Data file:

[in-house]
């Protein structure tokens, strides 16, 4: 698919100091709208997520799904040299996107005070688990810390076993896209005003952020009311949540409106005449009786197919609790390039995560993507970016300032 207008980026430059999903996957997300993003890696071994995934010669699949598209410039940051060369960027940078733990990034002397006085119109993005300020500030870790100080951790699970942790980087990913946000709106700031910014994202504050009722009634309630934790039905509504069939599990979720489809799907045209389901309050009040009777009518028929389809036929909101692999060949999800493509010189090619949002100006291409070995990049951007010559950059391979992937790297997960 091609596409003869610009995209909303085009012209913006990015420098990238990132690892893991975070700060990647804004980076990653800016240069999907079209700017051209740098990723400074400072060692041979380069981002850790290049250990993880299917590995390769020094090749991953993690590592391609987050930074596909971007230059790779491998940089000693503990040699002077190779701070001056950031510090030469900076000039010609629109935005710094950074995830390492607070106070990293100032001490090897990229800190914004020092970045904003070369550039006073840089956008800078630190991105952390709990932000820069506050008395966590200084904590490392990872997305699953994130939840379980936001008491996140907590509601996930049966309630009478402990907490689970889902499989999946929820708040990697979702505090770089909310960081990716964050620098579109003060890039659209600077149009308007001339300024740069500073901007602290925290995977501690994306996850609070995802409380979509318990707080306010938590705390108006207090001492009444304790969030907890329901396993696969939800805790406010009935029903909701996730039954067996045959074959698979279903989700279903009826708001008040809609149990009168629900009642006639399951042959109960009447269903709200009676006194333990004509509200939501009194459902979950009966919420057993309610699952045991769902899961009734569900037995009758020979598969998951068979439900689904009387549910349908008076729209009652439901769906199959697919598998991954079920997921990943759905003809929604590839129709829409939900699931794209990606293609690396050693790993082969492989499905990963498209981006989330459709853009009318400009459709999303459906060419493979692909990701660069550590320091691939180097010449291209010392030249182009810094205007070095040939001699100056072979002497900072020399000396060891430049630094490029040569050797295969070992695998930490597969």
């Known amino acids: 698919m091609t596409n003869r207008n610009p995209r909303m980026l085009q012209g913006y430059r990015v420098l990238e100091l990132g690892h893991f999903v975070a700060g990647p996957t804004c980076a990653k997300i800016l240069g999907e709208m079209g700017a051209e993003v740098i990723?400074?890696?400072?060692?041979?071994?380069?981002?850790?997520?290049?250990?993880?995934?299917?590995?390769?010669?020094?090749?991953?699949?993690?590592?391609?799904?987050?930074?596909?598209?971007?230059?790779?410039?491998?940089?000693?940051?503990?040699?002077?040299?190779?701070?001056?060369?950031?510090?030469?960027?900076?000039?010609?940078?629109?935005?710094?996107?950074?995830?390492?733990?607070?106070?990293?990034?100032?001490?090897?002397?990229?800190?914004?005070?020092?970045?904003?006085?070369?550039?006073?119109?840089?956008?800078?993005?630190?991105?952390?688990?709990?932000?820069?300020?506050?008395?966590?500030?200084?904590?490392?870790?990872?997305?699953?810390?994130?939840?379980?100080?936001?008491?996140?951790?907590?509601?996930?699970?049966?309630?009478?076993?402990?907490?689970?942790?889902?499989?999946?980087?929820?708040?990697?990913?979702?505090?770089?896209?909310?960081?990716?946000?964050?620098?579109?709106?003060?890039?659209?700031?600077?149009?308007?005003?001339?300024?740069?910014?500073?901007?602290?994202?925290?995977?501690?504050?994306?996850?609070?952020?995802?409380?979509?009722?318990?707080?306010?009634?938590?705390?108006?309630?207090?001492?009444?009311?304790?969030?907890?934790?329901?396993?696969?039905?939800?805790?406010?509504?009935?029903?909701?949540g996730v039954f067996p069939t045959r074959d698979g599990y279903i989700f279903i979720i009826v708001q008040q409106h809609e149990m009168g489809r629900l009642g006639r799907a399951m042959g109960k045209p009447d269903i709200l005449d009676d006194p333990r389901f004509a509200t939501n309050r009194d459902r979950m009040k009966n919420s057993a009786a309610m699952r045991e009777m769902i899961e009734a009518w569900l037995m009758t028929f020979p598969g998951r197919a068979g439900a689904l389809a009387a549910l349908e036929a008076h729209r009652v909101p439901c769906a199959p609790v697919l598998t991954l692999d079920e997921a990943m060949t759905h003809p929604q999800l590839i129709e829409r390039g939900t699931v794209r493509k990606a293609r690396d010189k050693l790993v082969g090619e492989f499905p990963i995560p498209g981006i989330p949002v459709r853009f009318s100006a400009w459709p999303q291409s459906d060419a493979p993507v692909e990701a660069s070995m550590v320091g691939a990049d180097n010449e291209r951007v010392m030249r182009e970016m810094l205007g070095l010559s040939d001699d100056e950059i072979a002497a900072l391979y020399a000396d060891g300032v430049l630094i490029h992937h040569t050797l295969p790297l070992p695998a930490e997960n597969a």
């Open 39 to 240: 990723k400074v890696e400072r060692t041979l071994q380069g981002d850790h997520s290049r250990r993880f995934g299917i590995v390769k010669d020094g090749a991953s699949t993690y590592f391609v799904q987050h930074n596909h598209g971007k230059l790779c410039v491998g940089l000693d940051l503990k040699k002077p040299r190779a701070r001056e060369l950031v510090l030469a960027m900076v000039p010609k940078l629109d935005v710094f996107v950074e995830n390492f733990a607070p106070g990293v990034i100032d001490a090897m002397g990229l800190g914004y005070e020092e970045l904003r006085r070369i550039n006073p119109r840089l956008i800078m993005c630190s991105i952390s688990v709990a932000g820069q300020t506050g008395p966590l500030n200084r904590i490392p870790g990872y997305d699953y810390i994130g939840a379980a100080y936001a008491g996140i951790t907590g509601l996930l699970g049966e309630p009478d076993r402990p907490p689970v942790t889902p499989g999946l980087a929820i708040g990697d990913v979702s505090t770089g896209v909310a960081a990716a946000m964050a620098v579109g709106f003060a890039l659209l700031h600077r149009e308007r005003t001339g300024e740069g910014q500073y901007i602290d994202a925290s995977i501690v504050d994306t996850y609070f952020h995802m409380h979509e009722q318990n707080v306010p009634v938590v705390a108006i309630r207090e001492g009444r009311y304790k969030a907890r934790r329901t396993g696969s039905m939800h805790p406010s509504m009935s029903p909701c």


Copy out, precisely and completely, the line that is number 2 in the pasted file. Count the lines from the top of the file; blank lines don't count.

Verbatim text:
């Protein structure tokens, strides 16, 4: 698919100091709208997520799904040299996107005070688990810390076993896209005003952020009311949540409106005449009786197919609790390039995560993507970016300032 207008980026430059999903996957997300993003890696071994995934010669699949598209410039940051060369960027940078733990990034002397006085119109993005300020500030870790100080951790699970942790980087990913946000709106700031910014994202504050009722009634309630934790039905509504069939599990979720489809799907045209389901309050009040009777009518028929389809036929909101692999060949999800493509010189090619949002100006291409070995990049951007010559950059391979992937790297997960 091609596409003869610009995209909303085009012209913006990015420098990238990132690892893991975070700060990647804004980076990653800016240069999907079209700017051209740098990723400074400072060692041979380069981002850790290049250990993880299917590995390769020094090749991953993690590592391609987050930074596909971007230059790779491998940089000693503990040699002077190779701070001056950031510090030469900076000039010609629109935005710094950074995830390492607070106070990293100032001490090897990229800190914004020092970045904003070369550039006073840089956008800078630190991105952390709990932000820069506050008395966590200084904590490392990872997305699953994130939840379980936001008491996140907590509601996930049966309630009478402990907490689970889902499989999946929820708040990697979702505090770089909310960081990716964050620098579109003060890039659209600077149009308007001339300024740069500073901007602290925290995977501690994306996850609070995802409380979509318990707080306010938590705390108006207090001492009444304790969030907890329901396993696969939800805790406010009935029903909701996730039954067996045959074959698979279903989700279903009826708001008040809609149990009168629900009642006639399951042959109960009447269903709200009676006194333990004509509200939501009194459902979950009966919420057993309610699952045991769902899961009734569900037995009758020979598969998951068979439900689904009387549910349908008076729209009652439901769906199959697919598998991954079920997921990943759905003809929604590839129709829409939900699931794209990606293609690396050693790993082969492989499905990963498209981006989330459709853009009318400009459709999303459906060419493979692909990701660069550590320091691939180097010449291209010392030249182009810094205007070095040939001699100056072979002497900072020399000396060891430049630094490029040569050797295969070992695998930490597969």